For both answers, find evidence from the text to support your own interpretations from Of Mice and Men. 1. Read this quote and decide why they stay in the clearing overnight before going to the...
For both answers, find evidence from the text to support your own interpretations from Of Mice and Men.
1. Read this quote and decide why they stay in the clearing overnight before going to the ranch; there is a straightforward reason, but also a more revealing one too.
“George—why ain’t we goin’ on to the ranch and get some supper? They got supper at the ranch.”
George rolled on his side. “No reason at all for you. I like it here. Tomorra we’re gonna go to work. I seen thrashin’ machines on the way down. That means we’ll be buckin’ grain bags, bustin’ a gut. Tonight I’m gonna lay right here and look up. I like it.”
2. Comment on George’s feelings and emotions during this speech. Do you really think George wants to live this way – like the other ranch hands?
"God a’mighty, if I was alone I could live so easy. I could go get a job an’ work, an’ no trouble. No mess at all, and when the end of the month come, I could take my fifty bucks and go into town and get whatever I want. Why, I could stay in a cat house all night. I could eat any place I want, hotel or any place, and order any damn thing I could think of. An’ I could do all that every damn month. Get a gallon of whisky, or set in a pool room and play cards or shoot pool.” Lennie knelt and looked over the fire at the angry George. And Lennie’s face was drawn with terror.
“An’ whatta I got,” George went on furiously. “I got you! You can’t keep a job and you lose me ever’ job I get. Jus’ keep me shovin’ all over the country all the time. An’ that ain’t the worst. You get in trouble. You do bad things and I got to get you out.”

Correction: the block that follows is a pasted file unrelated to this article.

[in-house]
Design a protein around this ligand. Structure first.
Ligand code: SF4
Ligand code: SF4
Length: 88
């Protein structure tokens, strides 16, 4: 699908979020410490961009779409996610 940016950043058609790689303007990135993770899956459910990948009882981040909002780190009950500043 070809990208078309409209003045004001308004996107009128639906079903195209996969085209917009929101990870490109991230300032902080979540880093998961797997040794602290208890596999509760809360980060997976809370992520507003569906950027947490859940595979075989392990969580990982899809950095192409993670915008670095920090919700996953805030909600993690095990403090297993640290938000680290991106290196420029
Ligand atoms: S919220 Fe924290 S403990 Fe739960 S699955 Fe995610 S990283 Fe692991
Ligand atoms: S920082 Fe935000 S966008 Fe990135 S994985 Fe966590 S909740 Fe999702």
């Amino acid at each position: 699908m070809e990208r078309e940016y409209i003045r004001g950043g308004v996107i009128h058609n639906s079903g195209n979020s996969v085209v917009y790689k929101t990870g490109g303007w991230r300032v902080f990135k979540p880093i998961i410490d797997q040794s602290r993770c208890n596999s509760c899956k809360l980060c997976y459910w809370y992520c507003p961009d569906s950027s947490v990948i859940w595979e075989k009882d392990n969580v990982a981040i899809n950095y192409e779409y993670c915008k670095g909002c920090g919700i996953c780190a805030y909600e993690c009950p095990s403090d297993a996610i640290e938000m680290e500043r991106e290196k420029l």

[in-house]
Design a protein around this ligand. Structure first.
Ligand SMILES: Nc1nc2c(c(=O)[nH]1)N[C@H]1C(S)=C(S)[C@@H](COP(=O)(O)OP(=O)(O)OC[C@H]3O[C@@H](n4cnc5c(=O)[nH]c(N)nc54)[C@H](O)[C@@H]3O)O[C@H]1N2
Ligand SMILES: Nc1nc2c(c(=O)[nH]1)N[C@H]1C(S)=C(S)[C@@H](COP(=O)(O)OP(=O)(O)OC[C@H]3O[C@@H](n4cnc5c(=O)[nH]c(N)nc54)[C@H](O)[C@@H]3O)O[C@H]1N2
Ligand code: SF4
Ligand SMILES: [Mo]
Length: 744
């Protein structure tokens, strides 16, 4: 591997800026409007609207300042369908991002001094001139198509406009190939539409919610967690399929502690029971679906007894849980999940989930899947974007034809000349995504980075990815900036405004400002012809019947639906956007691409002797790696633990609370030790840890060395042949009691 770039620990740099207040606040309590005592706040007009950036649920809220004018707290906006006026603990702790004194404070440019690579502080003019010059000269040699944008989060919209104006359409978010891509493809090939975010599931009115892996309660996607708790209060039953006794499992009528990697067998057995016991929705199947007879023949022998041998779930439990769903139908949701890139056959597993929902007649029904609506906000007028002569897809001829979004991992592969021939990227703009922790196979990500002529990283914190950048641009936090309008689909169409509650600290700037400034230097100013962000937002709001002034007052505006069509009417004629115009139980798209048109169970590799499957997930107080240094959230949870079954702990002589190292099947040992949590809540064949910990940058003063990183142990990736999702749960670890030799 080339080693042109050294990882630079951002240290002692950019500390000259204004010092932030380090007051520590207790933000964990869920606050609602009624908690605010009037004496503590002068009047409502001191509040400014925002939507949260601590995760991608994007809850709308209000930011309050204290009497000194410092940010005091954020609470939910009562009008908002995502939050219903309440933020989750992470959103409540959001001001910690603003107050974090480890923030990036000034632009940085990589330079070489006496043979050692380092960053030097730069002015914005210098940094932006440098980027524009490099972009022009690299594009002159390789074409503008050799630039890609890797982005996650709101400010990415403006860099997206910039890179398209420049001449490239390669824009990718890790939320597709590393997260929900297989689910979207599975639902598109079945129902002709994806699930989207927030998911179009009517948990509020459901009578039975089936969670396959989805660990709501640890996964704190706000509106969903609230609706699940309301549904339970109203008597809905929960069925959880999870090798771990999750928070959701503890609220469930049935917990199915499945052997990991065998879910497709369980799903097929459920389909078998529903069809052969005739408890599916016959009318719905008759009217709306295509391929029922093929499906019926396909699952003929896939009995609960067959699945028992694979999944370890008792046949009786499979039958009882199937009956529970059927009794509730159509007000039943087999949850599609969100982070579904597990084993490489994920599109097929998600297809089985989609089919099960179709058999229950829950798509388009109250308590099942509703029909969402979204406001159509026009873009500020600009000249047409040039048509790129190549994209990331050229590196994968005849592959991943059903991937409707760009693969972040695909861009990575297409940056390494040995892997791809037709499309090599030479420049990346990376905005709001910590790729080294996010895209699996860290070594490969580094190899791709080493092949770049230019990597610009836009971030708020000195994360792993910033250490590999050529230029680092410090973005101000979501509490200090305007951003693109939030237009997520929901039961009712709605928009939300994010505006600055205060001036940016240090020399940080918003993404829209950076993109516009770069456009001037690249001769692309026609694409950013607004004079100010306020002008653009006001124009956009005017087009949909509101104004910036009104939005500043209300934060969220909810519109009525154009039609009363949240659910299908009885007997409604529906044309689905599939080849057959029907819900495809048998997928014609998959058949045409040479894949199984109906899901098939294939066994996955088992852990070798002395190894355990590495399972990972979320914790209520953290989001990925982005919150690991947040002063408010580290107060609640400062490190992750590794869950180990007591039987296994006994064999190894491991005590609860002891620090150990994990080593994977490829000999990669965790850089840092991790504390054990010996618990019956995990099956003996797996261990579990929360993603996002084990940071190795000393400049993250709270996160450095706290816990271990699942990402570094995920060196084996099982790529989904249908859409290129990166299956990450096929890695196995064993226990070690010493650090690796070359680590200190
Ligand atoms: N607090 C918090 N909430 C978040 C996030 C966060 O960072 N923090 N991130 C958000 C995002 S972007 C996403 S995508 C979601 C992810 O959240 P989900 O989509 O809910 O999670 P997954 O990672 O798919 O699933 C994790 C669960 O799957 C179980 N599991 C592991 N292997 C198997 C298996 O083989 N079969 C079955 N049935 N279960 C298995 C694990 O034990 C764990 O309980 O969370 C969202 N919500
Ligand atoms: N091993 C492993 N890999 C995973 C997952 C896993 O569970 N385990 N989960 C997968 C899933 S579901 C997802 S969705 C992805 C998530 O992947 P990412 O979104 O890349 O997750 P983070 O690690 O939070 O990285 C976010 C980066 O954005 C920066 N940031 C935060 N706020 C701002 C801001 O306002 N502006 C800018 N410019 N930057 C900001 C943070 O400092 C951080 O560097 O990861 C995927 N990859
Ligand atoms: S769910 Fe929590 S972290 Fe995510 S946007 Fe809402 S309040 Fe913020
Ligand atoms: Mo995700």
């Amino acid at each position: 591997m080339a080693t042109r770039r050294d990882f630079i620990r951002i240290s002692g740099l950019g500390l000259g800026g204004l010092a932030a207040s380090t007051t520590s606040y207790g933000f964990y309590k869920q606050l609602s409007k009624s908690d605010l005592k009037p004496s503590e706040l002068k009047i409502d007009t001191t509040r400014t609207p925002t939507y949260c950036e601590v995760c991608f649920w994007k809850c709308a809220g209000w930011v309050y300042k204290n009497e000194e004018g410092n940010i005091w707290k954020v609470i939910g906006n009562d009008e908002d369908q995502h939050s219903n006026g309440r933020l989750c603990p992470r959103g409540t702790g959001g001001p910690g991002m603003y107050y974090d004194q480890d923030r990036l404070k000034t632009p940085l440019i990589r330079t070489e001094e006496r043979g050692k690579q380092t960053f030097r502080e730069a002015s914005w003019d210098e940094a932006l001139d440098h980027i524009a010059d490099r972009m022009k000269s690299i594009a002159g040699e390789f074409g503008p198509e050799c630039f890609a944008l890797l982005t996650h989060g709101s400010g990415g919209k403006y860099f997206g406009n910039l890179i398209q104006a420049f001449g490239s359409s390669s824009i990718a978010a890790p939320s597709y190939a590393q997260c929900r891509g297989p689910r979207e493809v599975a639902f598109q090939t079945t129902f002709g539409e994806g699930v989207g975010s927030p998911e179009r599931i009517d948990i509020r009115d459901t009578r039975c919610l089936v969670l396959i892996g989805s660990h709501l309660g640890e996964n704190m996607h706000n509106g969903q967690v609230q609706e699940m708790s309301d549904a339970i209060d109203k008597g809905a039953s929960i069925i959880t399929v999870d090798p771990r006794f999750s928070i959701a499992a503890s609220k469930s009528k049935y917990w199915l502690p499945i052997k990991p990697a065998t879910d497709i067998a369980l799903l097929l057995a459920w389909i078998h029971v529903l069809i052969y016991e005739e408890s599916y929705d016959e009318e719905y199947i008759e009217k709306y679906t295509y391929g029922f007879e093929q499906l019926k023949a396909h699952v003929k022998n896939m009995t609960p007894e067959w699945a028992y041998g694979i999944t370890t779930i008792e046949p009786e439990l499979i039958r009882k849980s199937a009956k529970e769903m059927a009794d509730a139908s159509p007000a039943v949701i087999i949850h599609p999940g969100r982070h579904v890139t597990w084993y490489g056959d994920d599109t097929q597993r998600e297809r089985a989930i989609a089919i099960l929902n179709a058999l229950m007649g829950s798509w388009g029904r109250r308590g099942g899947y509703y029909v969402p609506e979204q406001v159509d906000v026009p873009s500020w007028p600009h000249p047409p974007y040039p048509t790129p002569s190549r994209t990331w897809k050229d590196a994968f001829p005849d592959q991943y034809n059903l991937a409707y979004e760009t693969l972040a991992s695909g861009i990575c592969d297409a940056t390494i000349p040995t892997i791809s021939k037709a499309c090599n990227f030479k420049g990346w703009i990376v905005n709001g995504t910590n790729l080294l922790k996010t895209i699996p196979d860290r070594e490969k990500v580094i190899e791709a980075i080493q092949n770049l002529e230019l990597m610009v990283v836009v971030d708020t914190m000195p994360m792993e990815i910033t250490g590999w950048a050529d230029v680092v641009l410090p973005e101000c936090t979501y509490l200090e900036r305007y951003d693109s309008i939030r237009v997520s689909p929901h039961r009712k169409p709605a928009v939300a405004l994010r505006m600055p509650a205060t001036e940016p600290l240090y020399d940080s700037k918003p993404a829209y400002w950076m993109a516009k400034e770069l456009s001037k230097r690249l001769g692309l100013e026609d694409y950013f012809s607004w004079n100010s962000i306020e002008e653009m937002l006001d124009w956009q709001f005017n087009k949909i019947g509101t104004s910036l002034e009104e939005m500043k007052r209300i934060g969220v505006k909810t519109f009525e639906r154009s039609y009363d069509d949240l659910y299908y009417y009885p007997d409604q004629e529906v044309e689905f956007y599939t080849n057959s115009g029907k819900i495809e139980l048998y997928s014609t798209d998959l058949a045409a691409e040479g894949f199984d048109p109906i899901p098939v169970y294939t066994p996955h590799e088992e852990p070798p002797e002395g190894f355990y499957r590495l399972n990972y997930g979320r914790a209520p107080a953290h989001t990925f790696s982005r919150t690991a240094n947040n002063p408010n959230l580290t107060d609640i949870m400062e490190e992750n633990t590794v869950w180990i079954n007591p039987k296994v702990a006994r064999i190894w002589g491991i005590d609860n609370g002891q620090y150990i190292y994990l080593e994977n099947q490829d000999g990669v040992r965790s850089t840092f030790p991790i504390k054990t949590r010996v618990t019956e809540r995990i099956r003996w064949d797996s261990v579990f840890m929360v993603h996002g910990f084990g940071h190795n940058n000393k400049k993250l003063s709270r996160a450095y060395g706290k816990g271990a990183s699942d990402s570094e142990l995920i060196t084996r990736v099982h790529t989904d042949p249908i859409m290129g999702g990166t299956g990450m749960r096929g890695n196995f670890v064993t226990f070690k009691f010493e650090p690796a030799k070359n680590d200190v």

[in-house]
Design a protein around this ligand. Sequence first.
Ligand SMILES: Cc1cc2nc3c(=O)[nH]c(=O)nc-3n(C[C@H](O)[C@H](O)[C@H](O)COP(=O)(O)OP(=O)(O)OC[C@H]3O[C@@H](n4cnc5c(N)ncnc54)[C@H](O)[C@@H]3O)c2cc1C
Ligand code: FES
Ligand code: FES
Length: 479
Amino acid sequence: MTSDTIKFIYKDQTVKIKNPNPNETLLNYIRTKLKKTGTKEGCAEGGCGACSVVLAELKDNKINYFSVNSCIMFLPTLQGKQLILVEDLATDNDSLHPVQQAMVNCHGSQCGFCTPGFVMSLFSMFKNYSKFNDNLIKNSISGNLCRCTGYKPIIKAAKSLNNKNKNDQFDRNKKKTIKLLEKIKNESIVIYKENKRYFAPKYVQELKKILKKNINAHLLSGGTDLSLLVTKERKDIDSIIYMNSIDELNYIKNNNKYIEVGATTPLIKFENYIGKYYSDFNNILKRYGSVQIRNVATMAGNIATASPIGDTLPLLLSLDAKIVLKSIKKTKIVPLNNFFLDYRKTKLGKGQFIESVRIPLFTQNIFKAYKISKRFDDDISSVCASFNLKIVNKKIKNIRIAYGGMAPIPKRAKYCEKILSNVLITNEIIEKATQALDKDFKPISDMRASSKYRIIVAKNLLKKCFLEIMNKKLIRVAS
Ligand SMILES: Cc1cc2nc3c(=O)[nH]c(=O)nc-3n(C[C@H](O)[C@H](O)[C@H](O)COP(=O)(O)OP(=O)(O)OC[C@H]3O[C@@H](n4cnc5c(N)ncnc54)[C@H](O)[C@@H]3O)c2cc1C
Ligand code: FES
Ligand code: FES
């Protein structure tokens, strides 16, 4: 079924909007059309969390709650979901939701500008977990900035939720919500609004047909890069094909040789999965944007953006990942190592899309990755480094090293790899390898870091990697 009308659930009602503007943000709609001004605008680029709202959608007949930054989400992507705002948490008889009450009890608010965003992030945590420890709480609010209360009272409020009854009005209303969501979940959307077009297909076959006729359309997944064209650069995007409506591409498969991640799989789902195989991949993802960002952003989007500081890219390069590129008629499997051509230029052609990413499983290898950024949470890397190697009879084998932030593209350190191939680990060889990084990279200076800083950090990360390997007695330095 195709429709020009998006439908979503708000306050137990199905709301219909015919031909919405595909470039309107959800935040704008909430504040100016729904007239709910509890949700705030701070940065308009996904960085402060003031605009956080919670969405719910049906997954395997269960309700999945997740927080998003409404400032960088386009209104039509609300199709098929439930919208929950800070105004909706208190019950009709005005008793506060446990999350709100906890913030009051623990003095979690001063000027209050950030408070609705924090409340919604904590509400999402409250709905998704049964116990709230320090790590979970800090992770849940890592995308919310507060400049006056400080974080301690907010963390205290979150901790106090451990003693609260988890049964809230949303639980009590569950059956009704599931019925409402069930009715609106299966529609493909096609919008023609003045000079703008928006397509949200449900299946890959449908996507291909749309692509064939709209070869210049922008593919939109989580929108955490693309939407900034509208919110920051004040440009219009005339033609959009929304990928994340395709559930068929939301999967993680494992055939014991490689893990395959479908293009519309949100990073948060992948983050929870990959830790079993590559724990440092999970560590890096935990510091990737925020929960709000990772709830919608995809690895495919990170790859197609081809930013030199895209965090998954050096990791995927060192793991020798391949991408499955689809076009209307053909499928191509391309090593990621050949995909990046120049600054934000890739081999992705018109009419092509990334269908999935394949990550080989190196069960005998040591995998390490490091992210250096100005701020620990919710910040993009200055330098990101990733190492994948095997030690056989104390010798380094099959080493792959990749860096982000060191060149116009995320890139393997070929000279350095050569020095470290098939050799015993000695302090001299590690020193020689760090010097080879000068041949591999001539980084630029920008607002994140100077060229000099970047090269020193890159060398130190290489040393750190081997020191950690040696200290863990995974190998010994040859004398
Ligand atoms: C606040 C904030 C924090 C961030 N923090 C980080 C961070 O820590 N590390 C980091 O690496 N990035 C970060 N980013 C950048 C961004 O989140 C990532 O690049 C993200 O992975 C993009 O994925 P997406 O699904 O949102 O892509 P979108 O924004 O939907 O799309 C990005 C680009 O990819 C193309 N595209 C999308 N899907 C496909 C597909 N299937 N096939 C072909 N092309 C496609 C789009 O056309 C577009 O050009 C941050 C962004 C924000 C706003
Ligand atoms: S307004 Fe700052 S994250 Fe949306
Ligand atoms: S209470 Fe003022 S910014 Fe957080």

1. There are probably two feelings at work within George. First, there is the emotional one as he has accompanied Lennie on a desperate run for Lennie's life as they have fled Weed that is a great distance from the Salinas Valley. Secondly, because he is probably exhausted from the travel and stress, he wants to relax before starting what promises to be very strenuous work. His words reflect this reluctant anticipation:
"I seen thrashin’ machines on the way down. That means we’ll be buckin’ grain bags, bustin’ a gut."
Further, when they arrive at the ranch, the boss chides them for being late--"I had to send out the grain teams short two buckers"--and tells them they will have to go out after lunch when they can ride back with the others. So, George is glad that they only must work half a day at first, and his and Lennie's tardiness in reporting to work has paid off for them.
2. This speech from George is much like those of exasperated parents. They are frustrated with their loved one and say things that, while true in a practical sense, they do not really mean. George knows that although he would be free of the anxieties of being associated with Lennie, he would be lonely on his own. For one thing, the recitation of the dream that Lennie so loves to hear affords George an escape from their homelessness and alienation.
Also, when George talks with Slim (Chapter 2), who remarks, "Ain't many guys travel around together," George quickly responds by saying, "It's a lot nicer to go around with a guy you know." Clearly, this response indicates that George really cares for Lennie.